Early last fall, local author and historian Larry James produced the first volume of a book on area mining activity.
This summer, James has produced part 2 of the story.
"Earth's Hidden Treasures: Mining in Newton County, Missouri, Part 2: The Granby Experience" takes a look at the 100 year-plus history of lead mining in Granby. Mining activity may have begun as early as 1848, James said, but 1850 is the commonly accepted date of the commencement of lead mining.
"Before the Civil War, the biggest smelter in the world, it's said, was built there," James said. "The town grew to about 8,000 people before the Civil War, living all in tents."
Much of the mining of this period was in shallow "diggings," with the deepest shafts going down a mere 20 feet or so. The activity continued for about a decade until halted by the Civil War.
"It was a coveted place by both the North and the South, for obvious reasons: both wanted and needed lead for munitions," James said.
On Oct. 14 1861, some 32,000 pounds of lead was shipped from the Granby mines to the Confederacy. But by August the following year, mining activity had all but ceased. This is because while the lead was there, the personnel to retrieve and process it was not. Most of the smelter workers and miners answered their causes' call and became soldiers: some for the Union, others, the Confederacy. But by war's end, mining was back in full swing as two brothers, Henry and Peter Blow — along with others, most notably, James B. Eads, builder of the first road and railroad bridge to cross the Mississippi — formed the Granby Mining and Smelting Company.
This company operated throughout the latter 19th and into the early 20th century. However, near the end of World War I, stockholders sold out as lead sales began to plummet. Mining hit a resurgence during World War II as the need for munitions again was felt, but began tapering off afterward, James said.
James said during the century-long mining heyday, about 5,000 mines were reported in the Granby area.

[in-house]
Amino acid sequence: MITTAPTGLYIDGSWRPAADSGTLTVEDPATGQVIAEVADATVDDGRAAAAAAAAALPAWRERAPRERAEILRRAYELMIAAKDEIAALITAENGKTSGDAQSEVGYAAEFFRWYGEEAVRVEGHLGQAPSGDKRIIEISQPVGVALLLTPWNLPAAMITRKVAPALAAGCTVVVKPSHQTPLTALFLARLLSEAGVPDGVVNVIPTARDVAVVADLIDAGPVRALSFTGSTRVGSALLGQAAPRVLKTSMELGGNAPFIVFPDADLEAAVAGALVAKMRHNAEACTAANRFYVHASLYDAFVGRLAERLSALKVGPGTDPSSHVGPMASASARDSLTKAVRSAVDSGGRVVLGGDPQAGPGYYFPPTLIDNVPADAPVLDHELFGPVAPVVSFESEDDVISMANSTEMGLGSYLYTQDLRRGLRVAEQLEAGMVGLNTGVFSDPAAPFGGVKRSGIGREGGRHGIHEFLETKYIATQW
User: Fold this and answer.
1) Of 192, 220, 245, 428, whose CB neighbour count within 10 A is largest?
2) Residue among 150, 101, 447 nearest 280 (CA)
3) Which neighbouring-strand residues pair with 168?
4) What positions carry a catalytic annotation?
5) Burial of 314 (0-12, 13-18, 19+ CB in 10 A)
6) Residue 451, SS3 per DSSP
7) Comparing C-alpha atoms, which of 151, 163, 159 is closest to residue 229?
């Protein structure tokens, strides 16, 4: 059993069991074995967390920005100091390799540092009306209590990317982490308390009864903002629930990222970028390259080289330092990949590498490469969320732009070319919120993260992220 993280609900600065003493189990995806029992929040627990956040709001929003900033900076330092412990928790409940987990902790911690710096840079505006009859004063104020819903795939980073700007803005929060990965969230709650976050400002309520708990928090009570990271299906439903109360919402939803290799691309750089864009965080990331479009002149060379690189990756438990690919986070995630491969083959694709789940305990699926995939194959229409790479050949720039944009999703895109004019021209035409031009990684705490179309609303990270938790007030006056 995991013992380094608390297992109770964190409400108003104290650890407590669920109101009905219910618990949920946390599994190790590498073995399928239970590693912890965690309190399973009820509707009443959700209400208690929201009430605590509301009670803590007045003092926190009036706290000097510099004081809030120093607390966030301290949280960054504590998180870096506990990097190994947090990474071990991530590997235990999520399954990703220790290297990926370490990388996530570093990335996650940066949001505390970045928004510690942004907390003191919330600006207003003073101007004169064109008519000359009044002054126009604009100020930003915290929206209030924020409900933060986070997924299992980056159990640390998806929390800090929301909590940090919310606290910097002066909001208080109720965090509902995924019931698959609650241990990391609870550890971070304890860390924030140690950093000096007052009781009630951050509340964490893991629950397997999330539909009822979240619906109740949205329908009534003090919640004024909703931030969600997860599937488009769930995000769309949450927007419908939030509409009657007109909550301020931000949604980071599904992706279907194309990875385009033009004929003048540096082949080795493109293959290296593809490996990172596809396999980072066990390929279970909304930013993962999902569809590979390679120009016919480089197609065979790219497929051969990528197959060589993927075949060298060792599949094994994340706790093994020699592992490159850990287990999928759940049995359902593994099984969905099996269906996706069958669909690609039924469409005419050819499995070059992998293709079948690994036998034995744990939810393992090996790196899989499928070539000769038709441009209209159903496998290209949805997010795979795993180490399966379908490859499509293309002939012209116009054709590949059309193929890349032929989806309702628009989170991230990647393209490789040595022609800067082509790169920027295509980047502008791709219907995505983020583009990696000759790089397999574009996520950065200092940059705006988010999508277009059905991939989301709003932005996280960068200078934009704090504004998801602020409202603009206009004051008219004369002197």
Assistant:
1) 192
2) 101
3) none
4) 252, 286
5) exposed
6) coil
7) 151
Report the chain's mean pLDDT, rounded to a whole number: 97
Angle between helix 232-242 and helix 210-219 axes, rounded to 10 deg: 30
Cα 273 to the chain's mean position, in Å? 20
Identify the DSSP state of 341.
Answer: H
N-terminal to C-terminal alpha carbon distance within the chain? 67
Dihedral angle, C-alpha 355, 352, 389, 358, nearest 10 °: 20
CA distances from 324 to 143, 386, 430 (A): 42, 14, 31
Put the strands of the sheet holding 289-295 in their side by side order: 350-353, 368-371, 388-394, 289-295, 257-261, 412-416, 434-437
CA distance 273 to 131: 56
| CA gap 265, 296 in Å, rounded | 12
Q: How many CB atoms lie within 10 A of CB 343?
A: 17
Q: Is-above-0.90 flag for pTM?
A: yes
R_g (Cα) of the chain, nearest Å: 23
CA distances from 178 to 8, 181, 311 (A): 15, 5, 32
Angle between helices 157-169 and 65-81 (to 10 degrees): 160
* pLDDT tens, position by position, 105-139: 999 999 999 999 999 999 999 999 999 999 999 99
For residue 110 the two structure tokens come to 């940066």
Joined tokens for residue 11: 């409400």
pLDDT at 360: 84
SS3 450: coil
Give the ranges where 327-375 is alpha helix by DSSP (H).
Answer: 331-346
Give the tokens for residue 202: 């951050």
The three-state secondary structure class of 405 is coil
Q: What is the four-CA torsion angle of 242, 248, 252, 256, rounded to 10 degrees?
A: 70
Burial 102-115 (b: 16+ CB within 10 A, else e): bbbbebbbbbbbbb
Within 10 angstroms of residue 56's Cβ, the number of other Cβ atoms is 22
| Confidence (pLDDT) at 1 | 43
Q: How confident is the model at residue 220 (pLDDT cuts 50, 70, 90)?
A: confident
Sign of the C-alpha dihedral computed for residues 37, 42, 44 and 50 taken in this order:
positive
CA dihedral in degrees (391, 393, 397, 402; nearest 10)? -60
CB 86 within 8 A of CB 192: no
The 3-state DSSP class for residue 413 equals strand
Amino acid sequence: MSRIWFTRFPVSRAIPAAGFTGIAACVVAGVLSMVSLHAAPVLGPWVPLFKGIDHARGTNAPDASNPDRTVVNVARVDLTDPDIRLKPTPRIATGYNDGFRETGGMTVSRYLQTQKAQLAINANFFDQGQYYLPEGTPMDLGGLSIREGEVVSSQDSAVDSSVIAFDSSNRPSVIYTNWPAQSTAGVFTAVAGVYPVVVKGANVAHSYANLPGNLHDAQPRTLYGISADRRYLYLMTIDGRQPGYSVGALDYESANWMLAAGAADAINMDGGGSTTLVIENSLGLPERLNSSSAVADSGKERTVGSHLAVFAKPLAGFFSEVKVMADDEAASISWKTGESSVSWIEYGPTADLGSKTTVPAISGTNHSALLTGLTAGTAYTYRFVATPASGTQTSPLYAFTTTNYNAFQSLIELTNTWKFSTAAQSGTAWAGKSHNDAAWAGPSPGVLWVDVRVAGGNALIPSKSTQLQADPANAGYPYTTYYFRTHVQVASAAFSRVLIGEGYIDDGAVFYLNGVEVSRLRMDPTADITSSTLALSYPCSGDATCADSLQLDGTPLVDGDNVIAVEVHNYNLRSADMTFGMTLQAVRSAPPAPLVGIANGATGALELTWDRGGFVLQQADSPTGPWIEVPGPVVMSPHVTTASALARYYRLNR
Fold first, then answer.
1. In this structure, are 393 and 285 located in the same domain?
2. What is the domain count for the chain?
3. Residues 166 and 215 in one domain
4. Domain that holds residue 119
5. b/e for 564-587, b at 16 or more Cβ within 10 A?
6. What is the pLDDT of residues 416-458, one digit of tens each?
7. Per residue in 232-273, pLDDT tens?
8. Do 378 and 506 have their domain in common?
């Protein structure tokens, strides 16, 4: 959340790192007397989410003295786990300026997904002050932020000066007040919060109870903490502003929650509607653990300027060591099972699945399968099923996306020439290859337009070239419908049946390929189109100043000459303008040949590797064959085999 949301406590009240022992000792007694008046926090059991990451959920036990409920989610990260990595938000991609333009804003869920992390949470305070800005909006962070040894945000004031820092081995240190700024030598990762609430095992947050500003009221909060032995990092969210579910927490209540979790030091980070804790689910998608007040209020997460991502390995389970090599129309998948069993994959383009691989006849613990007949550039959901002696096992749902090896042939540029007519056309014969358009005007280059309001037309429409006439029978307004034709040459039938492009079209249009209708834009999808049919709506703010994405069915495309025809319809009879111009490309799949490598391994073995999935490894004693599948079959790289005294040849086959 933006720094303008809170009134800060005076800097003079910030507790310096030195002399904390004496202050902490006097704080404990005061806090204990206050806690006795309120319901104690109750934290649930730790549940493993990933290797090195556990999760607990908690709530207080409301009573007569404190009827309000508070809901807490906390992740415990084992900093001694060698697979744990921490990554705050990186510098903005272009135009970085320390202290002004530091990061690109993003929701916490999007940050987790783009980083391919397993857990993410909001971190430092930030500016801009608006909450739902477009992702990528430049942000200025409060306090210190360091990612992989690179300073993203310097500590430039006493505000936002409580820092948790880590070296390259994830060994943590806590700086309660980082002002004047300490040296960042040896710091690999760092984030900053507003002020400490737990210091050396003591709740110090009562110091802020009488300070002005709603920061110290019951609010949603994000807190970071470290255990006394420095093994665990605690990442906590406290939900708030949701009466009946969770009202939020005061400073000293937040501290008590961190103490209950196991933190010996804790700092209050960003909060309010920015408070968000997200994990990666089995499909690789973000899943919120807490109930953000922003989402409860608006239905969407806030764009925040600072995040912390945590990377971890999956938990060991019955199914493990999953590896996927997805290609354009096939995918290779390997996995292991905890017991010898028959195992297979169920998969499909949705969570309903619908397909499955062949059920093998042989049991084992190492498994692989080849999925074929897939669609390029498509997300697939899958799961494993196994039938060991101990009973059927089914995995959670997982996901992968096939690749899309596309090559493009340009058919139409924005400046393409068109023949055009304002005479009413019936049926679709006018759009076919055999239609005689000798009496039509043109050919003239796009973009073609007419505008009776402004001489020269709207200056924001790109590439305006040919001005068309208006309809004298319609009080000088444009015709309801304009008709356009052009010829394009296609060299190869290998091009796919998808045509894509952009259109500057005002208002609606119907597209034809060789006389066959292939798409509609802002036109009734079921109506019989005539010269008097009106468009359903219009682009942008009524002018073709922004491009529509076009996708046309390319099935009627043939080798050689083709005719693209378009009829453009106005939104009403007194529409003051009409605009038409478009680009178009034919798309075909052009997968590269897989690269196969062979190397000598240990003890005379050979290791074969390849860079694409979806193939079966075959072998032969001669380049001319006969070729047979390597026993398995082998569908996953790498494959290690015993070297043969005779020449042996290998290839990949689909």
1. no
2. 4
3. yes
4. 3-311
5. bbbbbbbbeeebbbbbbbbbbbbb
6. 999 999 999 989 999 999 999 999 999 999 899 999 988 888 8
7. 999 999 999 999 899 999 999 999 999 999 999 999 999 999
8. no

"It would be impossible to give a detailed account of all the mines in such a limited space," James said. "Some were in existence for only a few months, while some operated for a number of years. Records for most have long since disappeared."
Thousands of miners from near and far flocked to the area to find wealth. A few did, but many left disappointed. Desperadoes and others hoping to prey on the miners also were prevalent.
Perhaps the most successful business leaders never ventured to the mines. Instead, they ran the stores, saloons, gambling halls and other establishments that catered to miners.
"The true heroes of this story are the miners, who worked many long days," James said.
Page 2 of 2 - The work was tedious, dirty and dangerous. Deadly accidents were commonplace. A July 5, 1877, story in the Neosho Times, reprinted from an earlier edition of the Granby Miner, outlines a steam boiler explosion which killed four young miners.
"At half past 7 o'clock, a dull, heavy report and shock, like a single thunderbolt, was heard and felt by many of our citizens; and soon two flying messengers came on swift horses … and shot like arrows into the offices of Drs. Ray, McDaniel and Berry …," the account states.
The messengers bore bad news: a boiler had exploded at a mine. Four men were found dying of their wounds, while a fifth was blinded. Pieces of the boiler were scattered over 100 yards.
The book also tells of the centennial celebration of mining, held July 1-4, 1950, in Granby. The crowning event was the parade on July 4, witnessed by about 10,000 people.
The book also features many photographs of the mines, and miners, of the area. These were collected by James over a period of several years.
The book costs $15 per copy and is available at the Neosho Area Chamber of Commerce, Rod's Place, Neosho Gifts Etc., Tim Mitchell's Downtown Pharmacy, the Neosho National Fish Hatchery Gift Shop, the Newton County Historical Society Museum, the Granby Flea Market and the Granby Miner's Museum.